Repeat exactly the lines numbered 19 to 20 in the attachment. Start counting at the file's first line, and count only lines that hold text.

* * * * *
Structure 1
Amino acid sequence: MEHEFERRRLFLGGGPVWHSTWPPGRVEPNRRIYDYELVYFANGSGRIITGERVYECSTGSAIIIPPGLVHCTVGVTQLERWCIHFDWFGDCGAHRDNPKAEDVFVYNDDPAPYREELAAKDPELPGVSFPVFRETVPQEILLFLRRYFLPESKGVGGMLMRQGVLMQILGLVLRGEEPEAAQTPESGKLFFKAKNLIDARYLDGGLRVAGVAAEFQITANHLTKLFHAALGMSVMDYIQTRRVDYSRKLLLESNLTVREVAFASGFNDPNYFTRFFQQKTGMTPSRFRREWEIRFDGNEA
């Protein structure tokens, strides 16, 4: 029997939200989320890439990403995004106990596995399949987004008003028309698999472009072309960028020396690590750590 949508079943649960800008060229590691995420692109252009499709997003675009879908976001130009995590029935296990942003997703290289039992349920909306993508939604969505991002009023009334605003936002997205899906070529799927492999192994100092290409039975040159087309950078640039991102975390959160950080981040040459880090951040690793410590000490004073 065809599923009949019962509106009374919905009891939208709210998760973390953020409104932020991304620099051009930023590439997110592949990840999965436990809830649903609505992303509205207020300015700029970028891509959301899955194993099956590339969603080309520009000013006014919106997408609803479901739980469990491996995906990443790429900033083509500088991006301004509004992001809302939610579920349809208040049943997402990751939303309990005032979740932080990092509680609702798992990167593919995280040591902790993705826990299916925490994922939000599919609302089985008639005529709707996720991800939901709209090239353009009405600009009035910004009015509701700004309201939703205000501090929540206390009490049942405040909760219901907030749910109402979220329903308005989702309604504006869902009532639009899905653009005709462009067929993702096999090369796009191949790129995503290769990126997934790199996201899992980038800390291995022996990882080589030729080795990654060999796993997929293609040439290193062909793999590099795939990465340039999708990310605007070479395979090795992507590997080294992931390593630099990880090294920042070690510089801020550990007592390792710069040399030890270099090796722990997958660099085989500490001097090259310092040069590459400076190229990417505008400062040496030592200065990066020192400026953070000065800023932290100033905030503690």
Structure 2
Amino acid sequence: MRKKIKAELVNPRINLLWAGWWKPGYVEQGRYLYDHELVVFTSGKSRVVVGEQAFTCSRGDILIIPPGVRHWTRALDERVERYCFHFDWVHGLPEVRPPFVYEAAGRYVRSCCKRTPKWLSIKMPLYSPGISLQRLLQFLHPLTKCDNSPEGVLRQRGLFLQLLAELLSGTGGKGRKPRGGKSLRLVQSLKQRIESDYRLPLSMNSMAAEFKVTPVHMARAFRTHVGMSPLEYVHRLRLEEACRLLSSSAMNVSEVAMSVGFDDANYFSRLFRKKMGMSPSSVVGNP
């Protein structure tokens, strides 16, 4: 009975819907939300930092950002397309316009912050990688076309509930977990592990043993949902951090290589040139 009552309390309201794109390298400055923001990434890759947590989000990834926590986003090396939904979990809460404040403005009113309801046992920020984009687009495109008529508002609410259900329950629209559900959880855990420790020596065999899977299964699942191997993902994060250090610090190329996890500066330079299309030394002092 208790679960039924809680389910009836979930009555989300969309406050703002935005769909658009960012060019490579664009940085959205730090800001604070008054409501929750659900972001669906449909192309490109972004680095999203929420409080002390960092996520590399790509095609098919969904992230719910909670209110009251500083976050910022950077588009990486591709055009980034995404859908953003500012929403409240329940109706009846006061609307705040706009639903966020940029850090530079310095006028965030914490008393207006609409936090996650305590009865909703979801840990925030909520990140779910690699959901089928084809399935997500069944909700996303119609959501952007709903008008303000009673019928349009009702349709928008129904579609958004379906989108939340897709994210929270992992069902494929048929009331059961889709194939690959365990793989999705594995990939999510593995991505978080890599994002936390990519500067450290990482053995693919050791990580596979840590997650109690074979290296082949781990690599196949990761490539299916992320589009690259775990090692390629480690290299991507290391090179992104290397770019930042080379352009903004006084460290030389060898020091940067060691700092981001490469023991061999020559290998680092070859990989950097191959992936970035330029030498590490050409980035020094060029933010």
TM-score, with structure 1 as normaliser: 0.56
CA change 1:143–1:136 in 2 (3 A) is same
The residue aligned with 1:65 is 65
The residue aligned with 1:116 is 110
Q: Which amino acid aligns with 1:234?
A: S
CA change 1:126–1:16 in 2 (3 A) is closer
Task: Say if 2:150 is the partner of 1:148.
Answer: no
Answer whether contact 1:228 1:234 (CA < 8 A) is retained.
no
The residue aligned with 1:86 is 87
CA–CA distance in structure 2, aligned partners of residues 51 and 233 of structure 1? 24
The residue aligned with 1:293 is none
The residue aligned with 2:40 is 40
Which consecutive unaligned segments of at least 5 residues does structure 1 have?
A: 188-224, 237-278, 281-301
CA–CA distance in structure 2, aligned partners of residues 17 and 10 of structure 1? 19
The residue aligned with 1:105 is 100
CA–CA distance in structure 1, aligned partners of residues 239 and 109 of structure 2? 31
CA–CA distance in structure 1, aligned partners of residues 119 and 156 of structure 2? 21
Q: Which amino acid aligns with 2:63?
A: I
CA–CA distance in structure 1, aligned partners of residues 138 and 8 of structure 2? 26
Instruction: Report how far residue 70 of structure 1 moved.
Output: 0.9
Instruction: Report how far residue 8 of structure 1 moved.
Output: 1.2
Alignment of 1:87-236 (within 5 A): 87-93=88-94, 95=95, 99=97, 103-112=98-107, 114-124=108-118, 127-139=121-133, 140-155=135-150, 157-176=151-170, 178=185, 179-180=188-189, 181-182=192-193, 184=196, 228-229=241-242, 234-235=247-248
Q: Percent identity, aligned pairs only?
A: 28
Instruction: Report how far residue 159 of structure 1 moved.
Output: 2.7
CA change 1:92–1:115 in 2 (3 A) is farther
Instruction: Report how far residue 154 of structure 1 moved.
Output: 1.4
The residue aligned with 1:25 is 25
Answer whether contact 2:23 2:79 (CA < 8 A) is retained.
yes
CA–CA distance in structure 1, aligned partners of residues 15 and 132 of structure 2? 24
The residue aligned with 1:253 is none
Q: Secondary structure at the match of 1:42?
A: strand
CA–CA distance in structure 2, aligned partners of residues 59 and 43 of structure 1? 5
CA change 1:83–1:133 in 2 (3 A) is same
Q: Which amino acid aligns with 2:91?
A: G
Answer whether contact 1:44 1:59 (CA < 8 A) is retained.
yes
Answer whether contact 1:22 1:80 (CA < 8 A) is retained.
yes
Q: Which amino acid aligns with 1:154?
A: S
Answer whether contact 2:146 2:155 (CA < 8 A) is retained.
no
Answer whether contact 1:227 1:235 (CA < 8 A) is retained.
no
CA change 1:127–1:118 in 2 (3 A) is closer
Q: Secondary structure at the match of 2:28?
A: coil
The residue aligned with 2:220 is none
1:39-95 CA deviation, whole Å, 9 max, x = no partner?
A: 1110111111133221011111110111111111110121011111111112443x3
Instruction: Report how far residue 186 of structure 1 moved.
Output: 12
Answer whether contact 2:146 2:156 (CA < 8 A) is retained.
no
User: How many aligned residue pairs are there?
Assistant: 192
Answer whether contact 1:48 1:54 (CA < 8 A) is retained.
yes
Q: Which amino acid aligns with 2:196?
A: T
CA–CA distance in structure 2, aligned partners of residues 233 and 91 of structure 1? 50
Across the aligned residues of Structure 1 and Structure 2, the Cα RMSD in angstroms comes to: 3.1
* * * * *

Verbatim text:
CA–CA distance in structure 2, aligned partners of residues 51 and 233 of structure 1? 24
The residue aligned with 1:293 is none